The PS4 giant could swallow this next generation whole.
Sony was proud during its E3 conference. The way Andrew House–president and CEO of Sony’s videogame arm–pattered on stage, wearing a chin-wide grin and carrying a boastful demanour, he knew jaws would drop. Then at Gamescom this past week, the same joyful House said: “While others have shifted their message and changed their story, we were consistent in maintaining a message that is fair and in tune with consumer desires.”
To which Microsoft Studios head Phil Spencer responded: “Other people will do and say what they’re going to say. Fine. We’re running our program. That’s a strength of who we are.”
Microsoft’s recent belly-flopping is a case of the strange gone stranger. Policies that disturbed the online masses are done, and now Xbox One employs a replica of Sony’s more favoured infrastructure. The residual effects are clear though, as Microsoft must still handle the videogame public’s anxiety that the old policies could be restored at some point.
And Sony is quick to remind us all.
Not to say Sony is ready to claim victory, however with the Wii U drowning and Xbox One trying to mitigate backlash, the PlayStation 4 may have a positive start and never look back.
As Microsoft reels, Nintendo aims to return to its former glory. Last quarter, the Wii U sold 160,000 units. Pitiful when compared to 1.4 million 3DS handhelds in the same period. Even though these days most don’t even consider Nintendo in the competition conversation. That may be a failure of Nintendo’s marketing department; nevertheless, it’s great news for Sony.
That makes Microsoft’s perceivably weaker position all the more pivotal. And to reflect that, Sony has shown an iron gall by repeatedly denouncing Microsoft at every turn, only for the company to respond in kind. If Sony is using this brotherly squabbling as a way to steal headlines, its PR team deserves an award.
But now that both consoles do have similar infrastructures, the exclusives games are what loyal fanboys stand their ground for and consumers rely on to solidify a choice. The two companies aimed for similar markets, but where Sony begins to deviate (and where I think it destroys Microsoft) is in the indie game department. Microsoft did freshly reveal the self-publishing model for Xbox Live but without any games. Sony, to counter, has plenty of games to brag about, though some on that handy Joystiq list are probably timed exclusives.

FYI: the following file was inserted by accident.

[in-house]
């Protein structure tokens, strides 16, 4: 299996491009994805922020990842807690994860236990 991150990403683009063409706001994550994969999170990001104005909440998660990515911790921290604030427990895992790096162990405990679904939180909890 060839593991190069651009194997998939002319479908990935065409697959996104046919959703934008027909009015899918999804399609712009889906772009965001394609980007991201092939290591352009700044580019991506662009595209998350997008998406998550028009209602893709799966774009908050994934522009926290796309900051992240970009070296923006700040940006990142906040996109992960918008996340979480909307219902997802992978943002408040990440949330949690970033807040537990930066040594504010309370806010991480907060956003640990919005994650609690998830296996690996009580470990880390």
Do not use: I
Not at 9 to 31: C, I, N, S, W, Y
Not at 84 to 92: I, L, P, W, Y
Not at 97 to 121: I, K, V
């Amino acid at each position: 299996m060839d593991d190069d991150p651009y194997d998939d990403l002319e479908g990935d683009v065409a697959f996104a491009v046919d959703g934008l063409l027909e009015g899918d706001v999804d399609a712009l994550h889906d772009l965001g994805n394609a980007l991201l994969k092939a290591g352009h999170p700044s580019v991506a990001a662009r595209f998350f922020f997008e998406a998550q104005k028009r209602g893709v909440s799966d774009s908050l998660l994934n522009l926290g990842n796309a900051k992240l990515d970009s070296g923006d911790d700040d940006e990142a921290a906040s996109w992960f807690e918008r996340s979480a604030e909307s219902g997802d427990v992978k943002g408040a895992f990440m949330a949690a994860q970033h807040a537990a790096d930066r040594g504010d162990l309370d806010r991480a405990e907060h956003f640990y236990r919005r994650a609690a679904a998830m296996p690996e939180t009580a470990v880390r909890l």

As for the rank of triple-A games arriving soon, Sony has a smaller group, but plans to put out 33 games by December 31. Among the notables are Watch Dogs, Assassin’s Creed 4, Call of Duty: Ghosts and Battlefield 4, all of which appear in Microsoft’s basket too. By contrast, Sony is relying on old favourites like Killzone and Infamous, the latter to be ready in 2014.
The most impressive titles in Sony’s E3 package were Driveclub, a more socially reared racing simulator, and The Order: 1886. Racing games have so far been about stylization and realism, and until Need for Speed: Most Wanted, never prioritizing community over looks. Driveclub is on par with Forza 5 in terms of realistic design, but overshadows it in the social game. As far as we know, at least.
Ready at Dawn is hard at work on The Order: 1886, where the Industrial Revolution began to combat inhuman creatures. It looks like a colourful take on a historic period in human development, and as a third-person shooter, one to watch. (Though I’m sensible enough to wait for game play. Don’t want a repeat of Dead Island‘s mesmerizing trailer.) But this one definitely has the potential to be a franchise and an early anchor for the PlayStation 4 beyond next year.
One more positive before I end this post. As free-to-play has been adapted this generation by the console companies, the five games offered on PS4 near launch make one strong collection. All of these have been available on PC for some time. The one downside is PlanetSide 2, at least, doesn’t collaborate with its PC counterpart; the PS4 server is entirely separate. It stands to reason that the others on that list have the same restriction.
Gearing up for a possible decadelong generation, Sony is fiendishly ripping away at the floodgates. The company anxiously waits for November 15, the PS4′s shipping date, while Microsoft aims to release Xbox One likely around the same date. That time is closing in quickly, though, so Sony better capitalize early and efficiently or it risks mirroring sales of the seventh generation. This Christmas will be fun to watch.
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